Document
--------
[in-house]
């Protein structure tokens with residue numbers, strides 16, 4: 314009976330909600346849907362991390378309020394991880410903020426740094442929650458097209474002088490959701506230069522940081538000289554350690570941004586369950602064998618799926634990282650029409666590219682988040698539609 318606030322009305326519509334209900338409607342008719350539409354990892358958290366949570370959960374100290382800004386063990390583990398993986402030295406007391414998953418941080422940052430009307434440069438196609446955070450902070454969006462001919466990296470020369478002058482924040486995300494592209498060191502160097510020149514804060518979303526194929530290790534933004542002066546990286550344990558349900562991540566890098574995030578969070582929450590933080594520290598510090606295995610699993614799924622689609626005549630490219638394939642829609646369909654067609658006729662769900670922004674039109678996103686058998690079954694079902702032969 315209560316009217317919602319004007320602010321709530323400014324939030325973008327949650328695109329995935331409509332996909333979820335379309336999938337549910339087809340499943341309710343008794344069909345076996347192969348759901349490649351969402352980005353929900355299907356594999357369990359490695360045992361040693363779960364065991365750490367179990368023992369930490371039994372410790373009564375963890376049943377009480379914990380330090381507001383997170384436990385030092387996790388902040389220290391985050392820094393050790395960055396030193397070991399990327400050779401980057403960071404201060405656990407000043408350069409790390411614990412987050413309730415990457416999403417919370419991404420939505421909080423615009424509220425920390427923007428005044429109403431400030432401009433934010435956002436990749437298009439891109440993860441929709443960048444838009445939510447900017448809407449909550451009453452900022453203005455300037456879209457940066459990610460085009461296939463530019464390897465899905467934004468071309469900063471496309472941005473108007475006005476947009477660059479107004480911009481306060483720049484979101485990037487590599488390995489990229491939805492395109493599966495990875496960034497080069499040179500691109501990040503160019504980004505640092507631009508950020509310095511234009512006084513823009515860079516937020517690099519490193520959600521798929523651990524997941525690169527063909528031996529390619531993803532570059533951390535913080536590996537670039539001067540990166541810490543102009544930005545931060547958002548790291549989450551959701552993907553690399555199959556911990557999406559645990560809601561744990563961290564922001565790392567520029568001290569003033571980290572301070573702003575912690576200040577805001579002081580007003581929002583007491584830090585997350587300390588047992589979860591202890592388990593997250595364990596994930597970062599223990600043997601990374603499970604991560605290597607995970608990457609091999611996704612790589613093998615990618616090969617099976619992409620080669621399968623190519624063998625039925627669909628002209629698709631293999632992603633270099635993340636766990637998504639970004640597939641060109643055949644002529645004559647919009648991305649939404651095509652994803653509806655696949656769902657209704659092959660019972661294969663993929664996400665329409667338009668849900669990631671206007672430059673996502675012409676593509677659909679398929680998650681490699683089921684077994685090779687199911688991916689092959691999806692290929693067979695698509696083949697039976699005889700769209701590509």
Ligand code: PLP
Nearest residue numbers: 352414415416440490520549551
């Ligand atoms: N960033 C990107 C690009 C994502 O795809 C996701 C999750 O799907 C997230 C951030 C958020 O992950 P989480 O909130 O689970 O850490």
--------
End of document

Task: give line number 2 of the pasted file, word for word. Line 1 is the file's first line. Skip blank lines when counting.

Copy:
């Protein structure tokens with residue numbers, strides 16, 4: 314009976330909600346849907362991390378309020394991880410903020426740094442929650458097209474002088490959701506230069522940081538000289554350690570941004586369950602064998618799926634990282650029409666590219682988040698539609 318606030322009305326519509334209900338409607342008719350539409354990892358958290366949570370959960374100290382800004386063990390583990398993986402030295406007391414998953418941080422940052430009307434440069438196609446955070450902070454969006462001919466990296470020369478002058482924040486995300494592209498060191502160097510020149514804060518979303526194929530290790534933004542002066546990286550344990558349900562991540566890098574995030578969070582929450590933080594520290598510090606295995610699993614799924622689609626005549630490219638394939642829609646369909654067609658006729662769900670922004674039109678996103686058998690079954694079902702032969 315209560316009217317919602319004007320602010321709530323400014324939030325973008327949650328695109329995935331409509332996909333979820335379309336999938337549910339087809340499943341309710343008794344069909345076996347192969348759901349490649351969402352980005353929900355299907356594999357369990359490695360045992361040693363779960364065991365750490367179990368023992369930490371039994372410790373009564375963890376049943377009480379914990380330090381507001383997170384436990385030092387996790388902040389220290391985050392820094393050790395960055396030193397070991399990327400050779401980057403960071404201060405656990407000043408350069409790390411614990412987050413309730415990457416999403417919370419991404420939505421909080423615009424509220425920390427923007428005044429109403431400030432401009433934010435956002436990749437298009439891109440993860441929709443960048444838009445939510447900017448809407449909550451009453452900022453203005455300037456879209457940066459990610460085009461296939463530019464390897465899905467934004468071309469900063471496309472941005473108007475006005476947009477660059479107004480911009481306060483720049484979101485990037487590599488390995489990229491939805492395109493599966495990875496960034497080069499040179500691109501990040503160019504980004505640092507631009508950020509310095511234009512006084513823009515860079516937020517690099519490193520959600521798929523651990524997941525690169527063909528031996529390619531993803532570059533951390535913080536590996537670039539001067540990166541810490543102009544930005545931060547958002548790291549989450551959701552993907553690399555199959556911990557999406559645990560809601561744990563961290564922001565790392567520029568001290569003033571980290572301070573702003575912690576200040577805001579002081580007003581929002583007491584830090585997350587300390588047992589979860591202890592388990593997250595364990596994930597970062599223990600043997601990374603499970604991560605290597607995970608990457609091999611996704612790589613093998615990618616090969617099976619992409620080669621399968623190519624063998625039925627669909628002209629698709631293999632992603633270099635993340636766990637998504639970004640597939641060109643055949644002529645004559647919009648991305649939404651095509652994803653509806655696949656769902657209704659092959660019972661294969663993929664996400665329409667338009668849900669990631671206007672430059673996502675012409676593509677659909679398929680998650681490699683089921684077994685090779687199911688991916689092959691999806692290929693067979695698509696083949697039976699005889700769209701590509």